AGE creeps up on you, doesn't it? The football team was a man short and all male eyes settled on me.

My brain was clear: "You haven't played in eight years,” but my ego was already getting its kit on.

The next you thing know, I'm on a hardcourt under the floodlights, my non-hardcourt trainers giving me away.

"Have you played much?" asked one of the many younger, fitter lads.

"A bit," I stated, but in a way that implied I was both highly-decorated on the field of play but could also be totally inept if things didn’t go our way.

Naturally, I didn’t warm up properly, my ego whispering mid-stretch: "Warm ups are for girls and tofu-eating yoga instructors."

All was fine during the game. See, you can still play. You like football, football likes you.

By the time the match finished, I felt ‘a bit of a twinge’.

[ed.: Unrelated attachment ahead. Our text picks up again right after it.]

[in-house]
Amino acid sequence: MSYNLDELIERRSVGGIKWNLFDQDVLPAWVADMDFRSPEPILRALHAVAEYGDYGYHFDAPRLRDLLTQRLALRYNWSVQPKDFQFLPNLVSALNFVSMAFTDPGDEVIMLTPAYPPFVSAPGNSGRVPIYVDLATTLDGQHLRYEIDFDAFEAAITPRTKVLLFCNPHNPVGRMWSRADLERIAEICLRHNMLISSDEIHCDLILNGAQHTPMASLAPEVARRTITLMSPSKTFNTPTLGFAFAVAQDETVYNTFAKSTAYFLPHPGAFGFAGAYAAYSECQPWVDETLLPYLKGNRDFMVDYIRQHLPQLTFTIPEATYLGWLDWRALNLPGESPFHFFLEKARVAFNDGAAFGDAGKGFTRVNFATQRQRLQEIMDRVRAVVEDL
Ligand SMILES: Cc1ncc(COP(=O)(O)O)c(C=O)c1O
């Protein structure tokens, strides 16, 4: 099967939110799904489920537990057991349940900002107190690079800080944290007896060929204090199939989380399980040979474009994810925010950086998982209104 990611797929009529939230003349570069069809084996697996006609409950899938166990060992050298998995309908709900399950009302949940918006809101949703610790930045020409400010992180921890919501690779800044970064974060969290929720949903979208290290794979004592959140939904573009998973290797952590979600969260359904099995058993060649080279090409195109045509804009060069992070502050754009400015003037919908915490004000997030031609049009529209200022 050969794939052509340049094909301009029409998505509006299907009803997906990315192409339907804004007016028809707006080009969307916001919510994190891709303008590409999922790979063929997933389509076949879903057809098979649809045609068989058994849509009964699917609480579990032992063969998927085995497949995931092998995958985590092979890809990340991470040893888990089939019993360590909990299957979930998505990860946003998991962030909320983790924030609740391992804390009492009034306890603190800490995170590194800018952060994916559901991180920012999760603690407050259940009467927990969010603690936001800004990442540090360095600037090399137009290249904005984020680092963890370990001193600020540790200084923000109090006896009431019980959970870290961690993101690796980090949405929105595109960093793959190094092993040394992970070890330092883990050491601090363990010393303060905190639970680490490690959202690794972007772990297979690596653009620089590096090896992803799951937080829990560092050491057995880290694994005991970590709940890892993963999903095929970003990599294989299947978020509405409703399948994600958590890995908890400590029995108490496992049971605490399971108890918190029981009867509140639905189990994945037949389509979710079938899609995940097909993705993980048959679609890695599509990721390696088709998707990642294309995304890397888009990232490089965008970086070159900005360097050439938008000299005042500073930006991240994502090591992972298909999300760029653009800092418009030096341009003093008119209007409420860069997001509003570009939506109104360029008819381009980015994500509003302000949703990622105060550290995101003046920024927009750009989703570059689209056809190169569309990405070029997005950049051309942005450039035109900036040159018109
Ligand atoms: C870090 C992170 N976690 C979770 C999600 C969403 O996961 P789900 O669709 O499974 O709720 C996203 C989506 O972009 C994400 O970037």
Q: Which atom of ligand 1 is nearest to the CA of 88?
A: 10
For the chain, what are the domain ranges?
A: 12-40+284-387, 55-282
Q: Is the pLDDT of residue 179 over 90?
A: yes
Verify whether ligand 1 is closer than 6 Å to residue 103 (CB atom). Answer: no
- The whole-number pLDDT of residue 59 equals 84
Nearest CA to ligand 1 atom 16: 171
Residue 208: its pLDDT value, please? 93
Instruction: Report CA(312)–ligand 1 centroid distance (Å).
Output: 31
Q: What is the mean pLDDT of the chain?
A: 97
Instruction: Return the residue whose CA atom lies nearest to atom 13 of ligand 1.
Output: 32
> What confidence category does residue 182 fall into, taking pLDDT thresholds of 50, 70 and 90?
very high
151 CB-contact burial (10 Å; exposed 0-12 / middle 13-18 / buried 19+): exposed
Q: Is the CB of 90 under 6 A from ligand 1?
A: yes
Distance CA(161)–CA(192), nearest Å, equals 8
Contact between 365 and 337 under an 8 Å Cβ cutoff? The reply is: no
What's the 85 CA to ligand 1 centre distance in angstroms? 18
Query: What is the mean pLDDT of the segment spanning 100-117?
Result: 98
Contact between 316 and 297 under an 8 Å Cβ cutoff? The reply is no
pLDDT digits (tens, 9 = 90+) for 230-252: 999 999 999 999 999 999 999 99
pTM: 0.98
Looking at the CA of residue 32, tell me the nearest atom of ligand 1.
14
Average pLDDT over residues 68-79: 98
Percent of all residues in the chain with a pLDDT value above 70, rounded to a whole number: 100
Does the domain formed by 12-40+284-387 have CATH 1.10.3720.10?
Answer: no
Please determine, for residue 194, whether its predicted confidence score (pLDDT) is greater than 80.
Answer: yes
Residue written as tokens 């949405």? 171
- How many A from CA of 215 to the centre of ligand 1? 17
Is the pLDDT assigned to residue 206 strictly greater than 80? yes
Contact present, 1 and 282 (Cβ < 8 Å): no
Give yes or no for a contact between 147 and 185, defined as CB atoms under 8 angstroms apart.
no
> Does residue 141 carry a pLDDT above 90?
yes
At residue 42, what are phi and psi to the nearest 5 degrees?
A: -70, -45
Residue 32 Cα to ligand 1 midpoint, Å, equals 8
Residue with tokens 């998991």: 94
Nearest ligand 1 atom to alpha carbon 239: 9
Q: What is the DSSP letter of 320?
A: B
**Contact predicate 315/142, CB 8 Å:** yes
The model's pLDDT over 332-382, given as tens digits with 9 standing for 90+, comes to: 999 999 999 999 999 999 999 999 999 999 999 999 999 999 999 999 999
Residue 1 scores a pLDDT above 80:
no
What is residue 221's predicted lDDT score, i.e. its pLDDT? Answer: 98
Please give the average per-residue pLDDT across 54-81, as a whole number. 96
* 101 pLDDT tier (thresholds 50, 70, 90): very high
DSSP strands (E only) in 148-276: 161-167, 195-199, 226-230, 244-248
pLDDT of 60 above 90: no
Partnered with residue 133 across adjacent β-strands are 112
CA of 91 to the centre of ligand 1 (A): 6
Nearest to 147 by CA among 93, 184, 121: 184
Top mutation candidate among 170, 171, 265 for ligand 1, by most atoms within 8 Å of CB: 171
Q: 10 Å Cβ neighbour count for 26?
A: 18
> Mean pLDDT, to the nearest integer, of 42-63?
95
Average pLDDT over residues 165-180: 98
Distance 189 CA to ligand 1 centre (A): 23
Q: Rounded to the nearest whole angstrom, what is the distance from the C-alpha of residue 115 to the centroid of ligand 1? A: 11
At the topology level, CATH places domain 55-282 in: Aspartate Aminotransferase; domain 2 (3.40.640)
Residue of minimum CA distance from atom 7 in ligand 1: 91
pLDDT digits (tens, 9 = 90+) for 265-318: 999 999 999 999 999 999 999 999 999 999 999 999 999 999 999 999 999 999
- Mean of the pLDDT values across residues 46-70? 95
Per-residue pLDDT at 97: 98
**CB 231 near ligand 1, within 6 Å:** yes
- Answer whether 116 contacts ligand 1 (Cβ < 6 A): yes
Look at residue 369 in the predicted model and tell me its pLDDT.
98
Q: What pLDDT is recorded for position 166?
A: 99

It was the next morning when it properly kicked in – waking up to a house of pain. Prone and ironing-board straight in bed, unable to move anything but my eyes.

All those brain-to-limb impulses which make your legs bend in the right places when going downstairs had failed.

I was reduced to making ‘oof’ noises when sitting down and grimaced yelps when getting up. It took seven days of recovery and walking round like an arthritic Robocop, but with zero crime-fighting ability.

My favourite self- diagnosis? "I've just used muscles, I don't usually use."

I'm not sure what those muscles are for. The bodily equivalent of a fondue set.

After a few days, sympathy in the house was evaporating.

“I’m going to get you some muscle spray,” the other half stated.

I took it badly. “I'm not using muscle spray! You don’t believe all that stuff actually works, do you? It’s just a con to get you to spend money.”

The next day I’d changed tack.

“Can you get me two cans of Deep Heat. The big ones. And some Radox.”

I fancy a bath. An unwinding blend of clary sage and sea minerals.

I need to be right, I'm playing again soon.